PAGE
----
It Is Written (almost)

I am a writer. I have been a writer for as long as I can remember although it is a skill that I have not always pursued. The depth of my talent came crashing upon me as early as the second grade when my homeroom teacher accused me of plagiarizing a poem I turned in. It was a poem about the four seasons changing hands one to another and then returning again; I do not remember the words it was so many years ago. Being in the second grade, it could not have been a great work that I wrote although it must have been more than nothing to be so young and accused of literary theft. My ability to express what I see and what I feel comes from nothing more than an inherent desire to know what it is that I see and what it is that I feel. These are the things I choose to write about.

For a long time I chose not to write. I remained silent oft so I could hide in the crowds of literary obscurity and yet, most times, I remained silent as a personal vendetta to which I owed my soul. My greatest revenge, or rather selfishness, has always been the silence of my pen. Why should I grace a world of bitterness with anything but the emptiness which it has given me? It has taken many years for me to see the error my way and so, with great resolve, I have shed the dust off my Mont Blanc to bring forth what God has given me. I pray the passing of the words leaves no loss.

Those who have long claimed that the pen is mightier than the sword do not lie. In history, the pen has both brought forth the sword and prevented it. It has established kings and it has dethroned them. It has both created wars and the treaties that stopped them. The reflections of the pen have captured the hearts of lovers and stirred the anger of enemies. Yes, the pen is mightier than the sword; or as I am now fond of saying, “The keyboard trumps them both”. Truly it is written in Proverbs, the power of life and death is in the tongue.

Unfortunately, whatever gift I possess in the creation of written thought is sadly offset by my lack of grammar skills. Pardon the poor structure, I skipped English class a few too many times. I’ve struggled through the basics though I confess my zeal in the matter hasn’t changed much since the early days of school. My apologies to those teachers that suffered me in the class. Undoubtedly there were one or two that passed me to the next grade rather than bear the thought of having to deal with me for another year (the feeling was mutual).

While I’m on the subject of apologies, I should go ahead and make a few of them publicly:

Viva Caughlin (aka Viva Flowers): Yes, I know I didn’t do my English homework in the 8th grade (the 2nd 8th grade that is) but you have to admit, I was/am fluent. One day, I may even find a use for diagraming those sentences. You (and the Mister) were two of the teachers I actually liked.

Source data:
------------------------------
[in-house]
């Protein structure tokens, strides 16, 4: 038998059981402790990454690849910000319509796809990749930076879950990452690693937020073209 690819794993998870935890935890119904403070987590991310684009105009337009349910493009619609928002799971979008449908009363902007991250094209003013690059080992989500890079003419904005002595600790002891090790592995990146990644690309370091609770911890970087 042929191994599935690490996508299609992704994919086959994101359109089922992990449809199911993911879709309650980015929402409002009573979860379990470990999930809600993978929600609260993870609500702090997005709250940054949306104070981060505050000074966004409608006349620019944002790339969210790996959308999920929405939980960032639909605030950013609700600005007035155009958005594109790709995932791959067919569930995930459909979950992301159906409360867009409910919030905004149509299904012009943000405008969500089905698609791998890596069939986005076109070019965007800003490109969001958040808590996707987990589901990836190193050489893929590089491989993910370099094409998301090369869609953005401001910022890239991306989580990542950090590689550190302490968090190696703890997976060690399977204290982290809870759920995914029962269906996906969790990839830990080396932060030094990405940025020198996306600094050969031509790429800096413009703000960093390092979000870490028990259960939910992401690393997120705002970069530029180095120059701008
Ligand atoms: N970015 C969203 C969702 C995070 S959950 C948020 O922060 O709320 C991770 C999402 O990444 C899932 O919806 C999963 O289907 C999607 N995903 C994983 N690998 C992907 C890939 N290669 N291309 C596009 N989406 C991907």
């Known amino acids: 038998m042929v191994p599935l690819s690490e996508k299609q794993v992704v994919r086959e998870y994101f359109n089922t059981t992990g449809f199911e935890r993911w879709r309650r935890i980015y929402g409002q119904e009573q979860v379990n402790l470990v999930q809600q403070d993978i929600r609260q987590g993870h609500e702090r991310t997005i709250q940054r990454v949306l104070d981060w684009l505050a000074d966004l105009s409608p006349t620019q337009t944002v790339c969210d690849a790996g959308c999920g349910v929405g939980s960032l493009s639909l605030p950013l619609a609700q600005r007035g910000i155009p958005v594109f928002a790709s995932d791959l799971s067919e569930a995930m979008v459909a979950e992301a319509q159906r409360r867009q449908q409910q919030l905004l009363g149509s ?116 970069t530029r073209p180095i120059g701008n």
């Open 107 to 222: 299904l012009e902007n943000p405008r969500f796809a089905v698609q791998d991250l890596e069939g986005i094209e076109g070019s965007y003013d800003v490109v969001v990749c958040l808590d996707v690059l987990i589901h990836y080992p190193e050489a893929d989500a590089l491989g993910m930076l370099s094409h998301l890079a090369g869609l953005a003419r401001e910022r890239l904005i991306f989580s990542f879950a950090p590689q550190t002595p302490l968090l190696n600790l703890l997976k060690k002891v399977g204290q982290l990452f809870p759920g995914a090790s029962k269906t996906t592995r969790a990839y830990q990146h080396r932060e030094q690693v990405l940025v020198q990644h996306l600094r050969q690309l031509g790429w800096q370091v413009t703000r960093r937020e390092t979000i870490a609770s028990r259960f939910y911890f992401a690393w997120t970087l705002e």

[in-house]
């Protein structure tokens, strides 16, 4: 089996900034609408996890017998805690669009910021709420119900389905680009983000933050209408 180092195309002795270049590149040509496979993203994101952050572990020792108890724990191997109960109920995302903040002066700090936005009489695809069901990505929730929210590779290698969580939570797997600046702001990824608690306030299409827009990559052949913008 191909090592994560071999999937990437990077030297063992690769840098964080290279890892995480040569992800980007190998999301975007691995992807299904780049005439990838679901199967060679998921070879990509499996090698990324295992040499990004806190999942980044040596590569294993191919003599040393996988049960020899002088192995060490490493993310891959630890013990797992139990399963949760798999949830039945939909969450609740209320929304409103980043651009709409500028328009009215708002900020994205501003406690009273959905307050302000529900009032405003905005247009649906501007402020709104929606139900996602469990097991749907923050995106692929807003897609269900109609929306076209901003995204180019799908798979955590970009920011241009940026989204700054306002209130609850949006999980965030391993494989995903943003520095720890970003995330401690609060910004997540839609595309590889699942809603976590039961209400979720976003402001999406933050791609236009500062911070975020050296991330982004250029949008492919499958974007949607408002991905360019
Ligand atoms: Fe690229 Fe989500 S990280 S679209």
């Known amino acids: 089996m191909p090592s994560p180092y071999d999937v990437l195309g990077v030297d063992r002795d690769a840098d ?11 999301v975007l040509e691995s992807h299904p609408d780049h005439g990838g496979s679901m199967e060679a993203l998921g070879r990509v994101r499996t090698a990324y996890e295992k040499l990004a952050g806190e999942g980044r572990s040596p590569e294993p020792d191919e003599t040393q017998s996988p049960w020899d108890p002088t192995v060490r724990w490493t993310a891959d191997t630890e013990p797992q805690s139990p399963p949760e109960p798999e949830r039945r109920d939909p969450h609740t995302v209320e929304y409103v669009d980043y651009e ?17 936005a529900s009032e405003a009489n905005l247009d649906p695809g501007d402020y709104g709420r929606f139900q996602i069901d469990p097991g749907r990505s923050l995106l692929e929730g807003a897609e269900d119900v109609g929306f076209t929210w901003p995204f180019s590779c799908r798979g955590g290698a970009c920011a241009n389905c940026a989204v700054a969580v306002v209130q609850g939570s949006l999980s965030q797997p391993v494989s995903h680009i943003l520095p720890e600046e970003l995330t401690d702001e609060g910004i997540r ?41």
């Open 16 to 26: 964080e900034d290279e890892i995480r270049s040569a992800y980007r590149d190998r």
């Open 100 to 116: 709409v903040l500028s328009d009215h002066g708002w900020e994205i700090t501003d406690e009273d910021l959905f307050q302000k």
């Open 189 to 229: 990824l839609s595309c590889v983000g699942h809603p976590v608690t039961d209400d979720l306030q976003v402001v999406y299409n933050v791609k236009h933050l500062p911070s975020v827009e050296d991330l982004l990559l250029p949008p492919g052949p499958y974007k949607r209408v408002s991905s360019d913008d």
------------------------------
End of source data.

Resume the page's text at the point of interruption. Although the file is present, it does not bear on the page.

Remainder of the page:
Mrs. Buell – My 7th grade art teacher: My deepest apologies. It was me throwing paint at your back when you weren’t looking. However, you did steal the wire mesh rabbit that I turned in for my art project. I forgive you, but you should know my brother made that for me.

Sheila Mayer – My junior high school principal
: Sorry for that dirty message I left on your home answering machine – totally not cool of me. And for all that hydrochloric acid in the school hallways, I should probably fess up on that one too. For what it’s worth, you’ll be happy to know I’m almost a productive member of society.

Substitute Teachers – whose names I never bothered to use, much less remember
: I apologize for the liquid paper fights, endless spit-wads, hiding the grade books, lying about the homework assignments and hiding your personal belongings in the overhead ceiling tiles. You were more than worthy of the paycheck you received.

Whew! Glad that’s all off my chest. Moving on….

My two books continue to be a work in progress. I am a bit of an anal-retentive perfectionist so it may be a bit of time. ‘Chaos Called Love’ hasn’t been updated in a while and the ‘yet to be named publicly’ book has also taken a backseat to more current matters. I think I may retire to Island X for a few days retreat to get my literary bearings straight. To those who follow this grammatical mess that I call a blog, thank you, best wishes and stay tuned – the best is always yet to come.

One Response to It Is Written (almost)

  1. Linda

    February 15, 2010 at 4:36 am

    We were more radical. We turned loose thousands of seed ticks in the school air vents. They had to dismiss school. Blew up the toilet plumbing in the boys bathroom by chunking cherry bombs (now illegal) in the toilets. Turning armadillos loose in the hallways. Sit in the day after Kent State shootings and class walk outs/protests. That was at Conroe, Texas. More fun was Bellaire High in Houston. We had a cool principal who believed kids outgrew their rebelliousness and he never allowed cops on campus without warrants. He’d say those are my kids and this is private property, you are not welcome on my property. He let us have rock concerts once a year. We had our own yogi guru and smoked pot on the football field. He let the art class paint the wooden shacks with hippie art. Ahhh, the good ol’ days.

Leave a Reply

Your email address will not be published. Required fields are marked *